In all seriousness, some of the most memorable moments in the film happen to be the most subtle, but most potentially spoiler-laden. On the potential list of such are the concept of Tony’s continued willingness to martyr himself, Peter Parker’s paralyzing fear of assured death upon his disintegration, Groot’s phenomenal selfless choice in forming the handle of Stormbreaker, Quill’s raw and honest love for Gamora (especially upon learning of her death), and the trip your imagination could go on while contemplating Red Skull’s fate in filling in for Death in this particular take on the tale. Some of these choices by the writers are simply wonderful, and not overplayed in the execution on-screen.
Tension is an excellent tool of the plot in Infinity War, as well. You’re truly rooting for them to get that gauntlet off Thanos. You genuinely believe, for just a moment, that Thor has done the heroic deed, only to lose all hope at the snap of Thanos’ fingers. You get a true impression of “ohhhhhh shit” when you see the fallout on Earth of half the population vanishing into dust. (Missed that? You should have stayed ’til the credits were over! Didn’t you listen?)
By far one of the most deep and contemplative notions in the film, however, is the motivation of Thanos. Marvel has been kicking it off the field with villains we can actually understand. In Black Panther, everyone can grasp the motivations of Killmonger. It is his method that makes him evil, and even in the end, he is offered salvation. With Thanos’ effort to rid the universe of precisely half of its beings, his point is somewhat valid. There is not enough universe to go round, and his solution would be one way to solve that. A dark, cynical, tyrannical way… and one for which the opposite choice might be to use the Infinity Gauntlet to simply provide more for the universe to share.
But what if Thanos representing the apex predator the universe has been in need of to keep it on track? What if Thanos is right, or knows something the heroes do not? There is enough depth to the horrid consideration he has made to allow the viewer a lot of post-game ponderation, and that’s something we might never have considered we would see in a comic-book film when we set out on this journey way back at Iron Man.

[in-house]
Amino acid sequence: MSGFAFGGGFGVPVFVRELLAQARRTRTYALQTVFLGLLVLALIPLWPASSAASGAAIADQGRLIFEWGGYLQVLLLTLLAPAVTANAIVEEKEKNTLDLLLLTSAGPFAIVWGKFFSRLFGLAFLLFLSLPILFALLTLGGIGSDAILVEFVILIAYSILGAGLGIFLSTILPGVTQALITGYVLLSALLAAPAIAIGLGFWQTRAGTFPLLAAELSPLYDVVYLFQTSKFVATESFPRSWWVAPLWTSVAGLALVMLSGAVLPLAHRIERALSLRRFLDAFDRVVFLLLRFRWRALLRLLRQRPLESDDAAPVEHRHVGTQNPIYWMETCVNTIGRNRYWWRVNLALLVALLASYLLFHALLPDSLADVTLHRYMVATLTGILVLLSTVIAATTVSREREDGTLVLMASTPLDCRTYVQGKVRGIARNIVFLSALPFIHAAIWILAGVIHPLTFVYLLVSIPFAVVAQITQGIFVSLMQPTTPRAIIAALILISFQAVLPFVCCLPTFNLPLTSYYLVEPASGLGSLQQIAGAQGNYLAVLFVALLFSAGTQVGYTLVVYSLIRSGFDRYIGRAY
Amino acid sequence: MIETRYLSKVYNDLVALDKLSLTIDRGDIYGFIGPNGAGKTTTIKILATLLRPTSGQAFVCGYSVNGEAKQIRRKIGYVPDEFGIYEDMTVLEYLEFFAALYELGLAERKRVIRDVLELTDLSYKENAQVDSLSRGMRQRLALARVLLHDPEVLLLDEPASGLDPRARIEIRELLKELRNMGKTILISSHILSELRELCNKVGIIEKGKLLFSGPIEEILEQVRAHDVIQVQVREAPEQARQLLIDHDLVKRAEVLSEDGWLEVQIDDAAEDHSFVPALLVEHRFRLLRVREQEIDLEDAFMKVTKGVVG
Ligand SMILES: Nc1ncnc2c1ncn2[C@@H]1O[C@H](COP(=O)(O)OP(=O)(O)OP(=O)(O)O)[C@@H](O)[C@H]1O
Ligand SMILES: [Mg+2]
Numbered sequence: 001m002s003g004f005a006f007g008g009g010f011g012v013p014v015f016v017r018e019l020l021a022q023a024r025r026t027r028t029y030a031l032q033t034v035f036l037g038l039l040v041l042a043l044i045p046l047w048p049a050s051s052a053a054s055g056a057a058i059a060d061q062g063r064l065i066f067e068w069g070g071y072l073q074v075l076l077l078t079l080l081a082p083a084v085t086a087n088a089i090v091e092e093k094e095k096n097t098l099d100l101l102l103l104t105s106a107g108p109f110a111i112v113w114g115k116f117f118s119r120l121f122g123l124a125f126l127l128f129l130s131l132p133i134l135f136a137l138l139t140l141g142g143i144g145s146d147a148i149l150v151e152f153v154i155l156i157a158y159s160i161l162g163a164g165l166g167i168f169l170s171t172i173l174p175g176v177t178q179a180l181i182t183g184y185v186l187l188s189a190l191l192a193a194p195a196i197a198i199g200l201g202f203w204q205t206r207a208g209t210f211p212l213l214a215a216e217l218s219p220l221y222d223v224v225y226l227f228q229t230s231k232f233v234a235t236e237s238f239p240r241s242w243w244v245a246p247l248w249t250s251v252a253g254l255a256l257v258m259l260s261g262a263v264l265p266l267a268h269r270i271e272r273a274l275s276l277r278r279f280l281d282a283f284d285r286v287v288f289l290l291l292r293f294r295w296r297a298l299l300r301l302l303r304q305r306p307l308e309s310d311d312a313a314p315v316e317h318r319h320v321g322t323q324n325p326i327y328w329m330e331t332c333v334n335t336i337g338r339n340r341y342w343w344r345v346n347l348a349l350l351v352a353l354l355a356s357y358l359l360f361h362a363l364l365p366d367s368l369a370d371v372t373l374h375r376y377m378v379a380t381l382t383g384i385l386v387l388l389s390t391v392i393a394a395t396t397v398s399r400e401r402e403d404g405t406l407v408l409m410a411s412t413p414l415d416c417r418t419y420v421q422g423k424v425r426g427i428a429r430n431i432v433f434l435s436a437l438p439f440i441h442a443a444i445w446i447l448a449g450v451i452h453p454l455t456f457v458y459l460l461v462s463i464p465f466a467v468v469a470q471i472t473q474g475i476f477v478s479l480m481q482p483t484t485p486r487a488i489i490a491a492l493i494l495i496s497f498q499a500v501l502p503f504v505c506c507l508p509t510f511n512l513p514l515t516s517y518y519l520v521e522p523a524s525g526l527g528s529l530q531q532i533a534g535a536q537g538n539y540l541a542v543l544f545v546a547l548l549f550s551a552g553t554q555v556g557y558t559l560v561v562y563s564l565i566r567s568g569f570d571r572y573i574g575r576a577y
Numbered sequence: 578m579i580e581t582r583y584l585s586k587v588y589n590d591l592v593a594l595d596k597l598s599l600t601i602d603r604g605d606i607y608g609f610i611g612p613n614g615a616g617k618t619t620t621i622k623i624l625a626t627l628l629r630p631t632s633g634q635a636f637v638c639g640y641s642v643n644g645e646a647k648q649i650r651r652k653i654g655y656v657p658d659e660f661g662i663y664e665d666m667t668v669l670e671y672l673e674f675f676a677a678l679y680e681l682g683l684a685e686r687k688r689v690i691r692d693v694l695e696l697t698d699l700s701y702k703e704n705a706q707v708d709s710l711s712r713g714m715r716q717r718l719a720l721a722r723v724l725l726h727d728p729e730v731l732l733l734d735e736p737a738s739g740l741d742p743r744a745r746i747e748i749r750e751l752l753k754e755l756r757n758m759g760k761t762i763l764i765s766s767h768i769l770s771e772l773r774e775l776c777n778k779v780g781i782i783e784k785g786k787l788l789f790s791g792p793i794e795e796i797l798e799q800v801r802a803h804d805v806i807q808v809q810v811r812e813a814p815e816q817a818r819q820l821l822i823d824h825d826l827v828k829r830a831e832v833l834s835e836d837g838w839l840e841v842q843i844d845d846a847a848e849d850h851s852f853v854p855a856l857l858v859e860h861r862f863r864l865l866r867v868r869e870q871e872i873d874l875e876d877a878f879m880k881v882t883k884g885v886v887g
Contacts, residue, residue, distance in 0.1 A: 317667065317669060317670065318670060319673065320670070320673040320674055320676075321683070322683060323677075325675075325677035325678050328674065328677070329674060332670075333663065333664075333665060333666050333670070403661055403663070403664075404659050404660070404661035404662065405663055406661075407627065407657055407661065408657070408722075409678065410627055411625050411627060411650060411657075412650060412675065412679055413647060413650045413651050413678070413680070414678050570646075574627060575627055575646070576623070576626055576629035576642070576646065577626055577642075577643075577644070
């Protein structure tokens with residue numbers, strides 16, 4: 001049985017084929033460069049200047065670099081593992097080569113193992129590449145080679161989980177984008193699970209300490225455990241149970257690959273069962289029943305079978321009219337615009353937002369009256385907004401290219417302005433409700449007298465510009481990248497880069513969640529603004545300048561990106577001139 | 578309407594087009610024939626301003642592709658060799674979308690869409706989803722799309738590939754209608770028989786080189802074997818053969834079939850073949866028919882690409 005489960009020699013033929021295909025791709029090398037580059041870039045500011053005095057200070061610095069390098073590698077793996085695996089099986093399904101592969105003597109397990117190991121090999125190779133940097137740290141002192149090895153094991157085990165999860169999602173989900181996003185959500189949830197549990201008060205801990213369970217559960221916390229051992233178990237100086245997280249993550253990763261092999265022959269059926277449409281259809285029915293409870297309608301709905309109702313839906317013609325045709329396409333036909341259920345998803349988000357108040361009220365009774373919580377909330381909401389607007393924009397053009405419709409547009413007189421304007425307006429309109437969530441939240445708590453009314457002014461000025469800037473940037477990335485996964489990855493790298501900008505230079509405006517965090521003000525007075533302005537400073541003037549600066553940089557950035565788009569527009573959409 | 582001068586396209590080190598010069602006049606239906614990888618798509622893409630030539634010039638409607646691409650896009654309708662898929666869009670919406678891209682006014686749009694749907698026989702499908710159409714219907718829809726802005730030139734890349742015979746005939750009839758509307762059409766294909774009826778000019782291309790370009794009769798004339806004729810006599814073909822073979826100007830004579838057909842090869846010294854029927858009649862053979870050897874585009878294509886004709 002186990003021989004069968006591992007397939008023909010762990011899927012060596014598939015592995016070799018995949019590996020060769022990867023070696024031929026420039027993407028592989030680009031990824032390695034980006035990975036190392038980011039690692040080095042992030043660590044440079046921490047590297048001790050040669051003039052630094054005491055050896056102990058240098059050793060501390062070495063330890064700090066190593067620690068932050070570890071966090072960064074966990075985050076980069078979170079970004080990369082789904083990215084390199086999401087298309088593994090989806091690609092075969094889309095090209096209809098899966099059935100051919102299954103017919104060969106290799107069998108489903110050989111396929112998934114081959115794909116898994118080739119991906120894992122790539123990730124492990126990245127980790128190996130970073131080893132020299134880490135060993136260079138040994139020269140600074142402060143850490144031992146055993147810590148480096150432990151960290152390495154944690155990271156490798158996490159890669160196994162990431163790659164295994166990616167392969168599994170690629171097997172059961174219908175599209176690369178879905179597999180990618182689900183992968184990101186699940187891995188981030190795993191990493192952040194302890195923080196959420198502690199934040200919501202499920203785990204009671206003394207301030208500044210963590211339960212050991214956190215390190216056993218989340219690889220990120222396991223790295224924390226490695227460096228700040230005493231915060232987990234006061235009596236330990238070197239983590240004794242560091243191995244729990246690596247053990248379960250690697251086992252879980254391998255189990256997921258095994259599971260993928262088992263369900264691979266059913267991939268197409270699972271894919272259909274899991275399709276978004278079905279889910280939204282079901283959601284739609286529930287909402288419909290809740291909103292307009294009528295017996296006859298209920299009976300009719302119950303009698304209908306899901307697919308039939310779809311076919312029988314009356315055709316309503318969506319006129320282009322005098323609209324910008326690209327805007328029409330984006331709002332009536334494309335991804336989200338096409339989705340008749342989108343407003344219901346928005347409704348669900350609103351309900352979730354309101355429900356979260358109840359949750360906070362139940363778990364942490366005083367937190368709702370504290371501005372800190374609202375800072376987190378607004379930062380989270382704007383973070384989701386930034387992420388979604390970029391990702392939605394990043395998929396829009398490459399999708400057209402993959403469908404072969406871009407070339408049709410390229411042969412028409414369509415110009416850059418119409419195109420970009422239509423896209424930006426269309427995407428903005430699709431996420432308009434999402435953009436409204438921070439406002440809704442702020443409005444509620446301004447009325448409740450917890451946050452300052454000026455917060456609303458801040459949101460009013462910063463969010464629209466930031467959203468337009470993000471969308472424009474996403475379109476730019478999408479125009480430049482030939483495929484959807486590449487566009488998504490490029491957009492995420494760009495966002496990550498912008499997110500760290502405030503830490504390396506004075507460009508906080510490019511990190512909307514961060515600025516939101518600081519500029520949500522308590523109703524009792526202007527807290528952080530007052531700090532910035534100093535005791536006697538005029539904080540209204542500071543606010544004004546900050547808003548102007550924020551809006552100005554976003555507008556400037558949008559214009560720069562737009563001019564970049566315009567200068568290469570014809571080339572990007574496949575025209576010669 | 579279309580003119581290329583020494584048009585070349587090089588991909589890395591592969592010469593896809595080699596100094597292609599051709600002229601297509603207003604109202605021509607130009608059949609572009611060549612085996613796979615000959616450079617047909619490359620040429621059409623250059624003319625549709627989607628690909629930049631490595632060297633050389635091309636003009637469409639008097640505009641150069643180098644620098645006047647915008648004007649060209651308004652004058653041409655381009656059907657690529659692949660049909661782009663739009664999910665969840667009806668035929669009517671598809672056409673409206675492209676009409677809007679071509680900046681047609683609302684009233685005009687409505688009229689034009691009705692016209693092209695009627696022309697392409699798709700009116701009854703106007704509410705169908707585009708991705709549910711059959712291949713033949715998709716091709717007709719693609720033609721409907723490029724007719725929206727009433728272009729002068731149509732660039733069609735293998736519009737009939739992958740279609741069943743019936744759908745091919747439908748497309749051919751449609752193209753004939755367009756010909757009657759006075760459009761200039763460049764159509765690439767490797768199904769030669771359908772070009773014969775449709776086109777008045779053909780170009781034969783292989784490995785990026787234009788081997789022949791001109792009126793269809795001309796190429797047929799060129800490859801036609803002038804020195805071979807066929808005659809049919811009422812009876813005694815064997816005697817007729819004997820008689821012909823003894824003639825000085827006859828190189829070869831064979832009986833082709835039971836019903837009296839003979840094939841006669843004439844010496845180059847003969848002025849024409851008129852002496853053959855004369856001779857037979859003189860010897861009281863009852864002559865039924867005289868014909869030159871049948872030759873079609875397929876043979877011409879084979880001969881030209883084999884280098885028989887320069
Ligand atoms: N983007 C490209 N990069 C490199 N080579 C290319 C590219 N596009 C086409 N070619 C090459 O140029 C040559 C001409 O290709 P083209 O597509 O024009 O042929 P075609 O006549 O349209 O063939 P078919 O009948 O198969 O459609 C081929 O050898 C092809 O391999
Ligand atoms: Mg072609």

Now, let’s talk about that after-credits scene…
Nick Fury and Agent Hill are cruising the streets when all hell breaks loose, in the form of driverless and pilotless vehicles careening into things once the half of humanity guiding those machines goes “poof.” Hill is rendered dust, and then our man Nick starts to fade. Of course, we hate to see this, because it’s just one more reminder that our favorite one-eyed badass can’t seem to get a break on his luck lately. All is not lost, though, as he manages to send a message to someone using a funky little device.
That someone is Captain Marvel, and that device is a pager. (Google it, millennials.) This pager might be one of the most exciting and tantalizing things we’ve seen at the end of a Marvel film. Why? Because the Captain Marvel film is set in the ’90s, and a pager it oh-so ’90s, and this particular device features a heap of enhanced tech. It’s the what-if that’s so delicious to consider:
What if Nick’s pager isn’t just a pager, but… the beeper of time?? Is it possible that he’s sent a heads-up to Captain Marvel back in the ’90s? Or at least a heads-up to ’90s Nick to get her on a fast-track to interstellar ass-kicking?
And of course, in the modern era of a rising profile for female heroes, what if it’s a lady who saves us all and ushers in the next era of MCU flicks?
Exciting to consider, and we’ll have to just wait and see. With half the roster down for the count, two films set in the past from Infinity War, and the potential for impact on other titles like Agents of S.H.I.E.L.D., the evaporation of 50 percent of the living critters in all of creation is a huge reality to navigate for the coming year.
Another what-if of less exciting proportions, which we can hope doesn’t occur, is the possibility that African-American viewers may feel slighted that T’Challa is included in the deleted portion of life as we know it. It is safe to say that is not a permanent situation, but the potential for fan or casual-viewer backlash exists, in this age of Internet mob-mentality.
The consequences of this story have been huge. Our heroes have their work cut out for them. Are we ready to live without a resolution for the time being and hold out for the exciting conclusion?
The undoubted response from fans seems to be to “bring it on.”